*Photo: A Rohingya refugee boy sits on a stack of burned material after a massive fire broke out in a Rohingya refugee camp in Cox's Bazar, Bangladesh, March 24, 2021. REUTERS/Mohammad Ponir Hossain
The Rohingya, an ethnic group of one million from Myanmar, are considered the world's most persecuted minority. Nearly 1 million Rohingya refugees now reside in Bangladesh after fleeing sustained violence and ethnic cleansing by the Myanmar government. These refugees now live in makeshift camps along the border. These refugees now live in makeshift camps along the border and the camps continue to grow every month. They are completely dependent on humanitarian aid for their survival.
“I’ve been in some difficult places,” says Martin Worth, UNICEF’s Head of Water, Sanitation and Hygiene for the refugee camps in Bangladesh. “But this could get so much worse. What is already a dire humanitarian situation could become a catastrophe.”
On Monday, March 22, 2021, a large fire swept through the Balukhali camp before spreading to two other camps, consuming 500 acres and destroying 10,000 encampments. At least 48,000 people have been left homeless, with nearly 600 injured and 15 killed.
These vulnerable refugees need your help immediately to provide food, water, and shelter.
International Relief Teams previously provided emergency aid in the refugee camps in 2018. In partnership with Concern Worldwide, we distributed nearly 4,000 solar lights to the same number of households in two different refugee camps, benefiting more than 20,000 people. Female-headed households and households with four or more children were given priority. Because there is no electricity in the camps, the solar lights greatly improved the lives of refugees after dark. The lights helped reduce the risk of violence for women and children, allowing them to move freely at night. The lights also allowed children to read and study after dark.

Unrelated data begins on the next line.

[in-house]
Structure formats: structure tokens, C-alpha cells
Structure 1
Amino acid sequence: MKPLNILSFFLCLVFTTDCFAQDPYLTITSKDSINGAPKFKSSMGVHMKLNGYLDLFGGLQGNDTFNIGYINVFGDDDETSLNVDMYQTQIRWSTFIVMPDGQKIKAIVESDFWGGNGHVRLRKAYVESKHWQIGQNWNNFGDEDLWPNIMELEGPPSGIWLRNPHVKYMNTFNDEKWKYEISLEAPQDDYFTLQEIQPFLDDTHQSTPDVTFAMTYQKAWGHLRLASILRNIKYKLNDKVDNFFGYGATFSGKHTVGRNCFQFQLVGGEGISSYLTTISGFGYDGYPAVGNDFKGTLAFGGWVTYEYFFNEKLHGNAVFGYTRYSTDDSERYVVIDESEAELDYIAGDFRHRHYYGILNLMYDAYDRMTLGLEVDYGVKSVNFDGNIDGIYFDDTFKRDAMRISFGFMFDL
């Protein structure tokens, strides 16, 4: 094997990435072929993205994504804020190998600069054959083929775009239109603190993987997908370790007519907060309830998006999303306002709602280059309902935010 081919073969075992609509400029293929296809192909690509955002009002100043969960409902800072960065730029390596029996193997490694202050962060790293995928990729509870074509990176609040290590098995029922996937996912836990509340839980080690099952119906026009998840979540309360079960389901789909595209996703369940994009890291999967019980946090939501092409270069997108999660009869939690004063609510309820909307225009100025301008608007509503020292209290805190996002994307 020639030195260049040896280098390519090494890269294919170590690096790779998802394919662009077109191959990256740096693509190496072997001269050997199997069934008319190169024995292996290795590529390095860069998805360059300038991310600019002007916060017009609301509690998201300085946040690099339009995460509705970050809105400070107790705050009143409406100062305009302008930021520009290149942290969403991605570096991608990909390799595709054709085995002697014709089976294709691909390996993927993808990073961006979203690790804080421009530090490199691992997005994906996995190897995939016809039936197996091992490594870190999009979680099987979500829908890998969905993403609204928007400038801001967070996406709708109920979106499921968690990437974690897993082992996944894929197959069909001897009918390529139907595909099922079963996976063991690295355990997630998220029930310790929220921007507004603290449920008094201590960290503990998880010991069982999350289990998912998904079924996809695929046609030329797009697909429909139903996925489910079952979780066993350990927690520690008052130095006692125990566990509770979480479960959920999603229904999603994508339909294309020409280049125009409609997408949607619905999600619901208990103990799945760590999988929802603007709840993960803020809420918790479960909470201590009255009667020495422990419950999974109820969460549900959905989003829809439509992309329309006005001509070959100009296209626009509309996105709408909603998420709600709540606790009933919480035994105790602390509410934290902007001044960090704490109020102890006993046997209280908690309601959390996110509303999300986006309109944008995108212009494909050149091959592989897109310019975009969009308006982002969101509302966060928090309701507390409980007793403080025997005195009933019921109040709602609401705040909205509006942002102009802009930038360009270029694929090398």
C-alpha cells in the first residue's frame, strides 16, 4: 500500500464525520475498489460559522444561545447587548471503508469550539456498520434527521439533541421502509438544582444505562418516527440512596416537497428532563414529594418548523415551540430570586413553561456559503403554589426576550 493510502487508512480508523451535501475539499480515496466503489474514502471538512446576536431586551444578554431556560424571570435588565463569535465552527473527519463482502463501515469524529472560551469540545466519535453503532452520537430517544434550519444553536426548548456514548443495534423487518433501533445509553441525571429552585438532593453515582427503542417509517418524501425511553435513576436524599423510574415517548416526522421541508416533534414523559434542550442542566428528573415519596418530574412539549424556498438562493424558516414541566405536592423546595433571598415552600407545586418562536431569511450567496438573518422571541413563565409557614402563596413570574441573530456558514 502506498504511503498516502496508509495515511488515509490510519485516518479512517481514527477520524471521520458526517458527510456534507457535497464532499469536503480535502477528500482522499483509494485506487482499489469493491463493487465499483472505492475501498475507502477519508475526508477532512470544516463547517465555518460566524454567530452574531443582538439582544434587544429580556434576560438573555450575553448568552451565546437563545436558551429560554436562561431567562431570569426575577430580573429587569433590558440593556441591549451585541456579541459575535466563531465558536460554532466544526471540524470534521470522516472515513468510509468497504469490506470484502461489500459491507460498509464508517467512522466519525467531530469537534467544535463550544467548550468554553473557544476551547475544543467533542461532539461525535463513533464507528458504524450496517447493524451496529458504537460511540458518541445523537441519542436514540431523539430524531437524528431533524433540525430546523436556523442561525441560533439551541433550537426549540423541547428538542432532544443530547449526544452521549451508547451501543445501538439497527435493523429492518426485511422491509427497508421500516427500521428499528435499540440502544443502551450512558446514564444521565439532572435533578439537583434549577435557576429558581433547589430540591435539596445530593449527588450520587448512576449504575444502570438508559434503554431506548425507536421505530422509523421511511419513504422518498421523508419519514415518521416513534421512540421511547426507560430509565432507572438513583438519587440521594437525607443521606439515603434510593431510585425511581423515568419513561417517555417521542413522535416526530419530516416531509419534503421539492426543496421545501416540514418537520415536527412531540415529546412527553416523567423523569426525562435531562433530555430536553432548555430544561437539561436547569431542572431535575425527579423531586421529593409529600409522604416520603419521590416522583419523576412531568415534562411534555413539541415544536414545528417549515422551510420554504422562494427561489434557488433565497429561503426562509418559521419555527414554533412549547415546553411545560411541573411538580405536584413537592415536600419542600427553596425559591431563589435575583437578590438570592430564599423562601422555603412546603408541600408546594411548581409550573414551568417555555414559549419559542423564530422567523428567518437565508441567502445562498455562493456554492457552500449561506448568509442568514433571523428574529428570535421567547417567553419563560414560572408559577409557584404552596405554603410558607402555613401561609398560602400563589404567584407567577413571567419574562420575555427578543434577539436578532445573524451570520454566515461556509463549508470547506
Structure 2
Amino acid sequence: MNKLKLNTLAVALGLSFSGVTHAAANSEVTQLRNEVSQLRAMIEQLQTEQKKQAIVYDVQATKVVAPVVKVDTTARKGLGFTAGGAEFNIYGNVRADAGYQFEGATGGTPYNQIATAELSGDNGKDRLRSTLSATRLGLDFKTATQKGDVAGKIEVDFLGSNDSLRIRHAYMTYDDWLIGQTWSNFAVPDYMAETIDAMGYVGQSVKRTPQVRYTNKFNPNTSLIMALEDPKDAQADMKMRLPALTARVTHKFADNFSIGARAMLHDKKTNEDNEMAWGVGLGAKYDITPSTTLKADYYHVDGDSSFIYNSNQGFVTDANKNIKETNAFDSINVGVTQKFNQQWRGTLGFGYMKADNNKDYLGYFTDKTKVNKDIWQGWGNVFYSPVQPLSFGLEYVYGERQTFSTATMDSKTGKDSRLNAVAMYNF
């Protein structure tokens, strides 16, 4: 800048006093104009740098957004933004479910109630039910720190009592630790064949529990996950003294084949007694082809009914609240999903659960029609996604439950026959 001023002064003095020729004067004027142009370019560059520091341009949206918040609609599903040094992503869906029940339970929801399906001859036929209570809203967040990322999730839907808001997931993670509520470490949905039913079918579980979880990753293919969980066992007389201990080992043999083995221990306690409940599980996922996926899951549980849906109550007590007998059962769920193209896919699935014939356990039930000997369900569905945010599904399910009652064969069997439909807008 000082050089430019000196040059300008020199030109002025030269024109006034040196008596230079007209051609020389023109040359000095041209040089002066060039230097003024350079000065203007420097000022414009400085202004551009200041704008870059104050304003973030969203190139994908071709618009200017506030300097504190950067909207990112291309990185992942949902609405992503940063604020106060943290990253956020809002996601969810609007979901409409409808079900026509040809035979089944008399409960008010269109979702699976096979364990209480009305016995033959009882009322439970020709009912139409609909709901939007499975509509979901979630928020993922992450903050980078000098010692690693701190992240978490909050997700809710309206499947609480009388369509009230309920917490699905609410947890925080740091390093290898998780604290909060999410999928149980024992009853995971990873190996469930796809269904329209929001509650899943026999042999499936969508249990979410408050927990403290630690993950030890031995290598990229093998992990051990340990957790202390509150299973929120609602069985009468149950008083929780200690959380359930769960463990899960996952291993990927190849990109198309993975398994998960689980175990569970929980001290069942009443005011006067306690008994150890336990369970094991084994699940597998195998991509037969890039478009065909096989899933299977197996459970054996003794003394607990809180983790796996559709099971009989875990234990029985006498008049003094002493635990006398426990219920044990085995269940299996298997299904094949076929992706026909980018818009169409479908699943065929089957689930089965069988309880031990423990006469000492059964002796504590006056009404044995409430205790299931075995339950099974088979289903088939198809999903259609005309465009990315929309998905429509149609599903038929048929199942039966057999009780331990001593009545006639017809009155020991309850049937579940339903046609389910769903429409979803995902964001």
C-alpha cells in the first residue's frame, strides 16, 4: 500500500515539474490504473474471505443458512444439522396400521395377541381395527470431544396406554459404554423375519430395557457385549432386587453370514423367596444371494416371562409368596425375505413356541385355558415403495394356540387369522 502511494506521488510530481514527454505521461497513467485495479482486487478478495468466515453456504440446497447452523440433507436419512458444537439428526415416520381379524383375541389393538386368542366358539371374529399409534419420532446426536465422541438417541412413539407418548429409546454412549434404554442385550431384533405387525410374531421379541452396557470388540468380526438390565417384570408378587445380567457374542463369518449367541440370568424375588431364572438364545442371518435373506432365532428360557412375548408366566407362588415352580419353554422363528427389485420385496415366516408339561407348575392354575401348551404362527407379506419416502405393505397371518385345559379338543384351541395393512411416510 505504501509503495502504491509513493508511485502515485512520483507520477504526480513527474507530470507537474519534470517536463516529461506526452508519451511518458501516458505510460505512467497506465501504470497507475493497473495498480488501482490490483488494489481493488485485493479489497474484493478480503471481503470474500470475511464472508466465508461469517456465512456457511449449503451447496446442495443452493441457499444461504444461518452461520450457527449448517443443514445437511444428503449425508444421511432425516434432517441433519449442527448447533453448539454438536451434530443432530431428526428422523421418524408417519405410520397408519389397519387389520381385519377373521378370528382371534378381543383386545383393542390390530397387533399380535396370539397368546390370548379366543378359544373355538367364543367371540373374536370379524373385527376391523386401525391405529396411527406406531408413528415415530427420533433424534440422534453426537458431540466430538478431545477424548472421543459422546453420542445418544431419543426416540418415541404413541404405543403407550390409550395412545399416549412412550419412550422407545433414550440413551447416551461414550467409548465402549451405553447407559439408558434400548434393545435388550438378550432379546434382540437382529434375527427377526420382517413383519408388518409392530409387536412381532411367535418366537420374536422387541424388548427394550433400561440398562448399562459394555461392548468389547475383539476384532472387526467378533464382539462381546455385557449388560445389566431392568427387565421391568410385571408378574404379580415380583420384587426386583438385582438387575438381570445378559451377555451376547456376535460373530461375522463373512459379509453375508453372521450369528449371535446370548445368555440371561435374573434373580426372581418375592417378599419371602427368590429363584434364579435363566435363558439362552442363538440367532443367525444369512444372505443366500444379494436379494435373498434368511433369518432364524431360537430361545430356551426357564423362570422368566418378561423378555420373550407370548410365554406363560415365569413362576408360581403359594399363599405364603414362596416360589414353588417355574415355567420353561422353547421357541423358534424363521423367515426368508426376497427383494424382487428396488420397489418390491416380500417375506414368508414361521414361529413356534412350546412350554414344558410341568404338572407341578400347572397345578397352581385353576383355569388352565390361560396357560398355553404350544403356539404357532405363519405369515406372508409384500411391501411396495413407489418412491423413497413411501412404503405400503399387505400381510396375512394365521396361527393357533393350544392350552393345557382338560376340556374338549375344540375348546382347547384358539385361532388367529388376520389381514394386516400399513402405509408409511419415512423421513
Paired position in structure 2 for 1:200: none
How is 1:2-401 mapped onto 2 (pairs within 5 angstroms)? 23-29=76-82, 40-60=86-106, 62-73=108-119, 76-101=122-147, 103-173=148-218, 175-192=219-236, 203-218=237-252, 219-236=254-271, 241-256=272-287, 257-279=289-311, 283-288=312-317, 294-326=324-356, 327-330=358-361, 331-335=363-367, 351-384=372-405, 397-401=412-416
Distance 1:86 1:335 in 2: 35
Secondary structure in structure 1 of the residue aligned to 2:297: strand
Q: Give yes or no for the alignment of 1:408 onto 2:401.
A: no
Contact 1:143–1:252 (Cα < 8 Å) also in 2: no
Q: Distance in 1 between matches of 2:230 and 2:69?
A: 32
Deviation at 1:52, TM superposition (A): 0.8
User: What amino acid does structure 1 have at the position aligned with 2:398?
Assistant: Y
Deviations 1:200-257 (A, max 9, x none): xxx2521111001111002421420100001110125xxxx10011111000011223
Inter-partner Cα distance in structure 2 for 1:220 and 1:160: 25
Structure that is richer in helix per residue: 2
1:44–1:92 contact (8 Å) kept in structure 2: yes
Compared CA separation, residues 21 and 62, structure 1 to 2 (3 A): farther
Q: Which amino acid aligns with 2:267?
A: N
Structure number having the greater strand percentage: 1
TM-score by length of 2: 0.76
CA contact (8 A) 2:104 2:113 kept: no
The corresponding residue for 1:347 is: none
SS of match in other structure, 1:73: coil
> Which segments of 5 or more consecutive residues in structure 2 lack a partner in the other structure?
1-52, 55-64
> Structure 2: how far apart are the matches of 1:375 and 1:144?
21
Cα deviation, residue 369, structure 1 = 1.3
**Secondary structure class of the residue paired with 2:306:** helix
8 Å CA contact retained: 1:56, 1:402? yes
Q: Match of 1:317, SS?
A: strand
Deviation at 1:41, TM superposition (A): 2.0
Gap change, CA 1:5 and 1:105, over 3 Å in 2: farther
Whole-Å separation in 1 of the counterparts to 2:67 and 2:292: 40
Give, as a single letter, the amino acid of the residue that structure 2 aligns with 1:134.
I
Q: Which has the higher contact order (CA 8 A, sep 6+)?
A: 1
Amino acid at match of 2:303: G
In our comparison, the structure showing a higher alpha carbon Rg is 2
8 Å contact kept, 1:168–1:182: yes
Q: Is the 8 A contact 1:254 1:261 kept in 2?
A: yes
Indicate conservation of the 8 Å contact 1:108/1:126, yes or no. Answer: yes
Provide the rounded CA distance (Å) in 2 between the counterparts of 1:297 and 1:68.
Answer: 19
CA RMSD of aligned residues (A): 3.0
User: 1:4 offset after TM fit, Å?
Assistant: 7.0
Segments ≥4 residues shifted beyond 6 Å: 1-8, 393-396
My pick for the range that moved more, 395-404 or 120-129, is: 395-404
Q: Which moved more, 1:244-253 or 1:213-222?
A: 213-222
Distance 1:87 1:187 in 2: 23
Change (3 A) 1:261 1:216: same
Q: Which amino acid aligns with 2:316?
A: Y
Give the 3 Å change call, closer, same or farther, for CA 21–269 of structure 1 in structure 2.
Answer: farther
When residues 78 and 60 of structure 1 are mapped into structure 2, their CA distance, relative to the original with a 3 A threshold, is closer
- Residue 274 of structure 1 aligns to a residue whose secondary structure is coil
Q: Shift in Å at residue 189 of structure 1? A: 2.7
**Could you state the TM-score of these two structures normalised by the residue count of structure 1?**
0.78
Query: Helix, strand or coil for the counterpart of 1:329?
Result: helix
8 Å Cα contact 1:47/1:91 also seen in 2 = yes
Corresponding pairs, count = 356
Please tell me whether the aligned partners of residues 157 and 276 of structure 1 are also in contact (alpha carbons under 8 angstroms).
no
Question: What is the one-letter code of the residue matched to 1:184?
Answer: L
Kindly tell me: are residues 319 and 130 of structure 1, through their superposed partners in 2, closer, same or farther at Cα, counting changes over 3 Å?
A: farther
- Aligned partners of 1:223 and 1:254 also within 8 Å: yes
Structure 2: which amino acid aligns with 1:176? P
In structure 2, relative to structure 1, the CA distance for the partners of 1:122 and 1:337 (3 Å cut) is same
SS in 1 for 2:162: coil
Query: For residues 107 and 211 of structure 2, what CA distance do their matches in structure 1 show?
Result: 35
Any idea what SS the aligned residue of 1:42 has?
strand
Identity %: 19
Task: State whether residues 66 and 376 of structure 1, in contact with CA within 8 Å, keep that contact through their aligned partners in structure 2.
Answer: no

You can help us reach more Rohingya refugees who are suffering. Make your gift now.
*Photo Credit: AFP
Providing relief after a disaster not only sustains life, it maintains hope for the future and the potential for full economic recovery. IRT’s role in providing disaster relief is becoming even more important as the number of natural disasters increases due to climate change.
“A massive fire burned in the camp. At that moment, everything that had been built and arranged for four years was destroyed by fire within half of a day,” said Samuda Begum, a refugee living in a camp on the Bangladesh/Myanmar border.
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“The military attacked my village. They set fire to the brush and shot five people, including my husband Mohammad Shafi,” said Marzaan. “When I arrived in Bangladesh, my only belongings were my nine children. We had nothing.”
“The home was completely destroyed. Everything blew away,” said Nellie Santiago. “Our lives have changed forever. Nothing is the same.”
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Rina’s house was one of more than 140,000 homes that were severely damaged and left uninhabitable by the catastrophic floods of 2016 in Louisiana. Rina and her husband Juan, both in their 70’s, were left homeless, just like many of their neighbors. Their house didn’t have any floors anymore, their kitchen was destroyed, their rooms where infested with mold, and it smelled like sewage. “We couldn’t go back in. Everything we had, everything we worked for, was damaged or gone. The house was completely ruined,” she said.
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